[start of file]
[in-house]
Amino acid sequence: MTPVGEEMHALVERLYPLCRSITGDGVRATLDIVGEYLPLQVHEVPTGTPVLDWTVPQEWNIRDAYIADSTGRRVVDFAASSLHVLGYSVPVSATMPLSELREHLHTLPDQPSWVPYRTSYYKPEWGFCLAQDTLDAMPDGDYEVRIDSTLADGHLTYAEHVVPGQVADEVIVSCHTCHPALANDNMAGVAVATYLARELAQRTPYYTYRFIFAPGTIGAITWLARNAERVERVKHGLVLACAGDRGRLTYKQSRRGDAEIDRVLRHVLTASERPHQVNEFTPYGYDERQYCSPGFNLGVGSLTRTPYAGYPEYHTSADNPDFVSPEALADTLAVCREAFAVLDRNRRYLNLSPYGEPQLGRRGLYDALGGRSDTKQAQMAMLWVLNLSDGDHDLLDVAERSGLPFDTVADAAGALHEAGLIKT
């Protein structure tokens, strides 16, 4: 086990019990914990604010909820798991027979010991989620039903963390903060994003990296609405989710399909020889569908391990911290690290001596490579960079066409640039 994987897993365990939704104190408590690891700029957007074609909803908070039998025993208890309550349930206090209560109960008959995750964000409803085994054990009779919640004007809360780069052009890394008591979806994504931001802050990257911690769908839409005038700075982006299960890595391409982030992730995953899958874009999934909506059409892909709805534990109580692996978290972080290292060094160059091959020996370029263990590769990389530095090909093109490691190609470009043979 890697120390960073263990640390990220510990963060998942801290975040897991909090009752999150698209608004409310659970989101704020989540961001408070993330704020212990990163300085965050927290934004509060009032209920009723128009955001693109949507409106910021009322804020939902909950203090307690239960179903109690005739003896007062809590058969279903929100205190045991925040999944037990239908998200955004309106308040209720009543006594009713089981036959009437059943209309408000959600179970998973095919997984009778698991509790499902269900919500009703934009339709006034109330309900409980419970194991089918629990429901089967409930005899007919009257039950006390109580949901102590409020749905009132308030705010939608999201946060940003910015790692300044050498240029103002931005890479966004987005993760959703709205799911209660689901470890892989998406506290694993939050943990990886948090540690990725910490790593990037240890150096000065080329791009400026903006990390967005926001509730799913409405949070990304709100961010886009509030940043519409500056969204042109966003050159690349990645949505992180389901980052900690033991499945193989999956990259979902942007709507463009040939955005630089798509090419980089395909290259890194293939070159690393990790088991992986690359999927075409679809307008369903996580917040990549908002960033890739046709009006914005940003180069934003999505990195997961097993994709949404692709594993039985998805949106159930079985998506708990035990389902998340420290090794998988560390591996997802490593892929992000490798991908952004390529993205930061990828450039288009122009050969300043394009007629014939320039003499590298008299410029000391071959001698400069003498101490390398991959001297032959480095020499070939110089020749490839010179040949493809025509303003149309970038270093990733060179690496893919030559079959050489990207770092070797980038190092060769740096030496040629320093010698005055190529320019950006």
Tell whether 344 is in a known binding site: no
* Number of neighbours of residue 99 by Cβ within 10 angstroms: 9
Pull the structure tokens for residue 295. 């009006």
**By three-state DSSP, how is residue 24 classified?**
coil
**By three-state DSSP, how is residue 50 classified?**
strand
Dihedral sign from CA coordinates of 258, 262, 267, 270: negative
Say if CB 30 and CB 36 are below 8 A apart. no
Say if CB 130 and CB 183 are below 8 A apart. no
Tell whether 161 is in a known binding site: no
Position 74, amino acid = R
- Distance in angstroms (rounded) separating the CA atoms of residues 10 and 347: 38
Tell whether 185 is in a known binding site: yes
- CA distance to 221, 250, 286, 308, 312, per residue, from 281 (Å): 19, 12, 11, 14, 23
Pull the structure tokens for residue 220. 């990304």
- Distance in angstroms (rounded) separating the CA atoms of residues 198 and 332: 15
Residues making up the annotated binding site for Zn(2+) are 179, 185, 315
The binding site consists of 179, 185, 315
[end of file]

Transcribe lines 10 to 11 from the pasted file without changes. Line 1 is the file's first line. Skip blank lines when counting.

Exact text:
strand
Dihedral sign from CA coordinates of 258, 262, 267, 270: negative